6.    You are strongly encouraged to reverse the order of equality comparisons to avoid the error of the section above.

if (5 == number)     // this is a better way
... code ...

When comparing a literal value against a variable, always place the variable on the right hand side.  If you had coded

if (5 = number)
... code ...

the compiler would reject this statement and require you to fix it.

E.  Logical Operators

1.    The three logical operators of programming are AND, OR, and NOT.  These operators are represented by the following symbols in C++:

AND           &&
OR  ||            (two vertical bars)
NOT           !

2.    The and operator requires both operands (values) to be true for the result to be true.

T  and  T  =  true
T  and  F  =  false
F  and  T  =  false
F  and  F  =  false

3.    The following are C++ examples of using the && (and) operator.

( (2 < 3)  &&  (3.5 > 3.0) )             evaluates as true
( (1 == 0)  &&  (2 != 3) )                evaluates as false

The && operator performs short-circuit evaluation in C++.  If the first half of an && statement is false, the operator immediately returns false without evaluating the second half.

4.    The or operator requires only one operand (value) to be true for the result to be true.

T  or  T  =  true
T  or  F  =  true
F  or  T  =  true
F  or  F  =  false

5.    The following is a C++ example of using the || (or) operator.

( (2+3 < 10)  ||  (21 > 19) )              evaluates as true

The || operator also performs short-circuit evaluation in C++.  If the first half of an || statement is true, the operator immediately returns true without evaluating the second half.

6.    The ! operator is a unary operator which changes a Boolean value to its opposite.

! false = true
! true = false

F.    Precedence and Associativity of Operators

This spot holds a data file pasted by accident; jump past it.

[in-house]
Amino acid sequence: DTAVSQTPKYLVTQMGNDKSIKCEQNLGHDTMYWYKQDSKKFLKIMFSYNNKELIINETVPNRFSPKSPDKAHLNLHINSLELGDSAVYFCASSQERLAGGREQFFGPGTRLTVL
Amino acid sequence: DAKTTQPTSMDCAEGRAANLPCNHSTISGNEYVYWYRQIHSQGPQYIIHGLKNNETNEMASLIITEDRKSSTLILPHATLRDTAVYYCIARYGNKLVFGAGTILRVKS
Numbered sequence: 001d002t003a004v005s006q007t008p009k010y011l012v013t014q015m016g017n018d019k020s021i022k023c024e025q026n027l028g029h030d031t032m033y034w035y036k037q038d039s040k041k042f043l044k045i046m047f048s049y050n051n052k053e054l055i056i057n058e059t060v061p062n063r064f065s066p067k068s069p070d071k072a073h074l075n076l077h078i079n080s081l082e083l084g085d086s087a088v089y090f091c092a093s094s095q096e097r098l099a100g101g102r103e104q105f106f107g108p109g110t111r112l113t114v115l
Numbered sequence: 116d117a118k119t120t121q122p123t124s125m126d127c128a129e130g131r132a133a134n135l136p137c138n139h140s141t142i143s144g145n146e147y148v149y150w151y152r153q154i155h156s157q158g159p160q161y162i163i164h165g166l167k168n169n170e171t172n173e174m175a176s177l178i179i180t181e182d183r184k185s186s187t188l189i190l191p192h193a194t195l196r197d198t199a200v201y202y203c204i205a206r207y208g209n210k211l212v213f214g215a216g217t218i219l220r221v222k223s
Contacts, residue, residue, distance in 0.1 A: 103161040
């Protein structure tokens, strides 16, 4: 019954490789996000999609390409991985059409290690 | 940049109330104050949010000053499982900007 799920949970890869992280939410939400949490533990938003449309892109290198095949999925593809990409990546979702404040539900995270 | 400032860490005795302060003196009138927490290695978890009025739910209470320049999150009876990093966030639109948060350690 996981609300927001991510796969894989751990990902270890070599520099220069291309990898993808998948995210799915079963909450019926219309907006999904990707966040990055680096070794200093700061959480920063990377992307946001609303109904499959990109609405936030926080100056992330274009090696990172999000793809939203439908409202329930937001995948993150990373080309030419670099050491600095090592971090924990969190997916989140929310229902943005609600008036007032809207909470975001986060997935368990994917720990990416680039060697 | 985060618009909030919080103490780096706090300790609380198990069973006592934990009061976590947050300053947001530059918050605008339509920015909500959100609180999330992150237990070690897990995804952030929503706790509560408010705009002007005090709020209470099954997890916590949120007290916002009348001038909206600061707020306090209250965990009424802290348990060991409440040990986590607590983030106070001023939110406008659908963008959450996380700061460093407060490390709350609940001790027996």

1.    Introducing two new sets of operators (relational and logical) adds to the complexity of operator precedence in C++.  An abbreviated precedence chart is included here.  The complete precedence chart was given in Handout H.A.4.2, Operator Precedence in C++.

Table 8-1    Precedence and Associativity of Operators

Operator           Associativity

!  unary -  ++  --            right to left

*  /  %   left to right

+  -        left to right

<  <=  >  >=      left to right

==  !=   left to right

&&       left to right

||            left to right

=  +=  -=  *=  /=           right to left

2.    Because the logical operators have low precedence in C++, parentheses are not needed to maintain the correct order of solving problems.  However, they can be used to make complex expressions more readable.

((2 + 3 < 10)  &&  (75 % 12 != 12))           {easier to read}
(2  +  3  <  10  &&  75  %  12  !=  12)        {harder to read}

G.    The if-else Statements

1.    The general syntax of the if-else statement is as follows:

if  (expression) statement1;
else  statement2;

2.    if statements may omit the else option which result in one-way selection.

if (expression)  statement;